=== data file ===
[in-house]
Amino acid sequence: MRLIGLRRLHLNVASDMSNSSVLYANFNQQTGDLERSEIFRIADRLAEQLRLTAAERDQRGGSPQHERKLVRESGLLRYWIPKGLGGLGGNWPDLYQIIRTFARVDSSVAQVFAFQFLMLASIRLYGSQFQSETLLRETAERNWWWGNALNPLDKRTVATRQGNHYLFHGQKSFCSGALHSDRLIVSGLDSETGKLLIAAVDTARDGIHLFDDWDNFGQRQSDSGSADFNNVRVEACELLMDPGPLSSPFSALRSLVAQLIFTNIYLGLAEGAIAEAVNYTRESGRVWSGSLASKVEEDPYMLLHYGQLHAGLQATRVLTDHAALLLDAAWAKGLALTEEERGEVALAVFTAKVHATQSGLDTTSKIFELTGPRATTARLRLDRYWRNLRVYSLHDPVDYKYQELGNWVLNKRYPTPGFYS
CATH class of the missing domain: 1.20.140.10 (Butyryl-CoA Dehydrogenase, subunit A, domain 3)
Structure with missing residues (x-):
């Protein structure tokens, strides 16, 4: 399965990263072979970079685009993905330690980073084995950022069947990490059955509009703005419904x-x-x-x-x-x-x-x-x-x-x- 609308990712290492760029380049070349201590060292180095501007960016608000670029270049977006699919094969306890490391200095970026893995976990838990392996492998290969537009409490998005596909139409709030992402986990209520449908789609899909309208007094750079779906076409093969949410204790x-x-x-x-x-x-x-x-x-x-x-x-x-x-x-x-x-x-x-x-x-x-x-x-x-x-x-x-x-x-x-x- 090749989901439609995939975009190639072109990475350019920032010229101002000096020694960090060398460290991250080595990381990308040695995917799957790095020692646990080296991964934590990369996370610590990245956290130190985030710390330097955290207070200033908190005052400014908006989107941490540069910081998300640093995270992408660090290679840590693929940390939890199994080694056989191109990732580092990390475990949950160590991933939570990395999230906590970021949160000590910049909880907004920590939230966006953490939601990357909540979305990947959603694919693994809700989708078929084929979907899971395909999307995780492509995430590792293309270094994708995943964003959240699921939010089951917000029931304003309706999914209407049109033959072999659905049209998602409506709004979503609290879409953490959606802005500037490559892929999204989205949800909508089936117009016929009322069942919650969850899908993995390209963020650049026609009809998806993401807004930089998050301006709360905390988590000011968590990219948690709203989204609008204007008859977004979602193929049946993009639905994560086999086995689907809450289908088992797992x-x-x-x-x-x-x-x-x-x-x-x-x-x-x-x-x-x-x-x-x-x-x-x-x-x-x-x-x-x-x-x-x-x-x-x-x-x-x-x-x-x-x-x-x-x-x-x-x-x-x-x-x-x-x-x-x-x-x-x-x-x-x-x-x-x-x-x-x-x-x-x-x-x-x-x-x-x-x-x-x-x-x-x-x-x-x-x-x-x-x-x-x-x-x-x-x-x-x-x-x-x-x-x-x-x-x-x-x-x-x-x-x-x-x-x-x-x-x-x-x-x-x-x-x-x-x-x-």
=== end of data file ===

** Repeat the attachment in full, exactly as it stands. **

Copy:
[in-house]
Amino acid sequence: MRLIGLRRLHLNVASDMSNSSVLYANFNQQTGDLERSEIFRIADRLAEQLRLTAAERDQRGGSPQHERKLVRESGLLRYWIPKGLGGLGGNWPDLYQIIRTFARVDSSVAQVFAFQFLMLASIRLYGSQFQSETLLRETAERNWWWGNALNPLDKRTVATRQGNHYLFHGQKSFCSGALHSDRLIVSGLDSETGKLLIAAVDTARDGIHLFDDWDNFGQRQSDSGSADFNNVRVEACELLMDPGPLSSPFSALRSLVAQLIFTNIYLGLAEGAIAEAVNYTRESGRVWSGSLASKVEEDPYMLLHYGQLHAGLQATRVLTDHAALLLDAAWAKGLALTEEERGEVALAVFTAKVHATQSGLDTTSKIFELTGPRATTARLRLDRYWRNLRVYSLHDPVDYKYQELGNWVLNKRYPTPGFYS
CATH class of the missing domain: 1.20.140.10 (Butyryl-CoA Dehydrogenase, subunit A, domain 3)
Structure with missing residues (x-):
């Protein structure tokens, strides 16, 4: 399965990263072979970079685009993905330690980073084995950022069947990490059955509009703005419904x-x-x-x-x-x-x-x-x-x-x- 609308990712290492760029380049070349201590060292180095501007960016608000670029270049977006699919094969306890490391200095970026893995976990838990392996492998290969537009409490998005596909139409709030992402986990209520449908789609899909309208007094750079779906076409093969949410204790x-x-x-x-x-x-x-x-x-x-x-x-x-x-x-x-x-x-x-x-x-x-x-x-x-x-x-x-x-x-x-x- 090749989901439609995939975009190639072109990475350019920032010229101002000096020694960090060398460290991250080595990381990308040695995917799957790095020692646990080296991964934590990369996370610590990245956290130190985030710390330097955290207070200033908190005052400014908006989107941490540069910081998300640093995270992408660090290679840590693929940390939890199994080694056989191109990732580092990390475990949950160590991933939570990395999230906590970021949160000590910049909880907004920590939230966006953490939601990357909540979305990947959603694919693994809700989708078929084929979907899971395909999307995780492509995430590792293309270094994708995943964003959240699921939010089951917000029931304003309706999914209407049109033959072999659905049209998602409506709004979503609290879409953490959606802005500037490559892929999204989205949800909508089936117009016929009322069942919650969850899908993995390209963020650049026609009809998806993401807004930089998050301006709360905390988590000011968590990219948690709203989204609008204007008859977004979602193929049946993009639905994560086999086995689907809450289908088992797992x-x-x-x-x-x-x-x-x-x-x-x-x-x-x-x-x-x-x-x-x-x-x-x-x-x-x-x-x-x-x-x-x-x-x-x-x-x-x-x-x-x-x-x-x-x-x-x-x-x-x-x-x-x-x-x-x-x-x-x-x-x-x-x-x-x-x-x-x-x-x-x-x-x-x-x-x-x-x-x-x-x-x-x-x-x-x-x-x-x-x-x-x-x-x-x-x-x-x-x-x-x-x-x-x-x-x-x-x-x-x-x-x-x-x-x-x-x-x-x-x-x-x-x-x-x-x-x-």